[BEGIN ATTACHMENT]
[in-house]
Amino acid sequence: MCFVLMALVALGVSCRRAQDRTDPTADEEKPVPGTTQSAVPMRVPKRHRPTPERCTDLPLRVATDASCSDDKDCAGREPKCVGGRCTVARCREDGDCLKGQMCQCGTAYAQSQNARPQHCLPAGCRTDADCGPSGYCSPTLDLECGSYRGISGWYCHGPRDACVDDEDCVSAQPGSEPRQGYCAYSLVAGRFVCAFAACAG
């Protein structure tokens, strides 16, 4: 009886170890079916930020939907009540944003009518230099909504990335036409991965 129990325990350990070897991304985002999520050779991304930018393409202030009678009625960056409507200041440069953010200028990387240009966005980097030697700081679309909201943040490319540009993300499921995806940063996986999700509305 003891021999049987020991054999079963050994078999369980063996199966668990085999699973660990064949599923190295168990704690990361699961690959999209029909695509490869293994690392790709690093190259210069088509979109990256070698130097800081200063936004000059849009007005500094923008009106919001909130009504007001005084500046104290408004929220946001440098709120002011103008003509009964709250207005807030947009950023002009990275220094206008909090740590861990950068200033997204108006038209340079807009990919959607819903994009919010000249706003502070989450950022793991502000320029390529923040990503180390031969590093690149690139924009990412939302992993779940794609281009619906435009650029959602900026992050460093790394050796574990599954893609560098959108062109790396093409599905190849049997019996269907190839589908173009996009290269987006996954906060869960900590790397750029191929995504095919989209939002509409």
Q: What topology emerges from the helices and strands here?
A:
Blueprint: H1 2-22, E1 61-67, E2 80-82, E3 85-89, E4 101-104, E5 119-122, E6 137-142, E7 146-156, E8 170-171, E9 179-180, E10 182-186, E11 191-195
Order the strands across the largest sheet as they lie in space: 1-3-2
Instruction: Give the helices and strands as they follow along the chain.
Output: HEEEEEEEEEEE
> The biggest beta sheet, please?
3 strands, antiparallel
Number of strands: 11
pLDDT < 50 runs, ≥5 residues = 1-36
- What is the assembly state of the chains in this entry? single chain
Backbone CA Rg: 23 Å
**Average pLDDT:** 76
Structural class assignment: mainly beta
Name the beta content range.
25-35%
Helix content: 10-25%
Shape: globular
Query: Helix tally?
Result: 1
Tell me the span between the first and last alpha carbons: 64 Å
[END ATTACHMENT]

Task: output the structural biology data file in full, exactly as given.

[in-house]
Amino acid sequence: MCFVLMALVALGVSCRRAQDRTDPTADEEKPVPGTTQSAVPMRVPKRHRPTPERCTDLPLRVATDASCSDDKDCAGREPKCVGGRCTVARCREDGDCLKGQMCQCGTAYAQSQNARPQHCLPAGCRTDADCGPSGYCSPTLDLECGSYRGISGWYCHGPRDACVDDEDCVSAQPGSEPRQGYCAYSLVAGRFVCAFAACAG
């Protein structure tokens, strides 16, 4: 009886170890079916930020939907009540944003009518230099909504990335036409991965 129990325990350990070897991304985002999520050779991304930018393409202030009678009625960056409507200041440069953010200028990387240009966005980097030697700081679309909201943040490319540009993300499921995806940063996986999700509305 003891021999049987020991054999079963050994078999369980063996199966668990085999699973660990064949599923190295168990704690990361699961690959999209029909695509490869293994690392790709690093190259210069088509979109990256070698130097800081200063936004000059849009007005500094923008009106919001909130009504007001005084500046104290408004929220946001440098709120002011103008003509009964709250207005807030947009950023002009990275220094206008909090740590861990950068200033997204108006038209340079807009990919959607819903994009919010000249706003502070989450950022793991502000320029390529923040990503180390031969590093690149690139924009990412939302992993779940794609281009619906435009650029959602900026992050460093790394050796574990599954893609560098959108062109790396093409599905190849049997019996269907190839589908173009996009290269987006996954906060869960900590790397750029191929995504095919989209939002509409």
Q: What topology emerges from the helices and strands here?
A:
Blueprint: H1 2-22, E1 61-67, E2 80-82, E3 85-89, E4 101-104, E5 119-122, E6 137-142, E7 146-156, E8 170-171, E9 179-180, E10 182-186, E11 191-195
Order the strands across the largest sheet as they lie in space: 1-3-2
Instruction: Give the helices and strands as they follow along the chain.
Output: HEEEEEEEEEEE
> The biggest beta sheet, please?
3 strands, antiparallel
Number of strands: 11
pLDDT < 50 runs, ≥5 residues = 1-36
- What is the assembly state of the chains in this entry? single chain
Backbone CA Rg: 23 Å
**Average pLDDT:** 76
Structural class assignment: mainly beta
Name the beta content range.
25-35%
Helix content: 10-25%
Shape: globular
Query: Helix tally?
Result: 1
Tell me the span between the first and last alpha carbons: 64 Å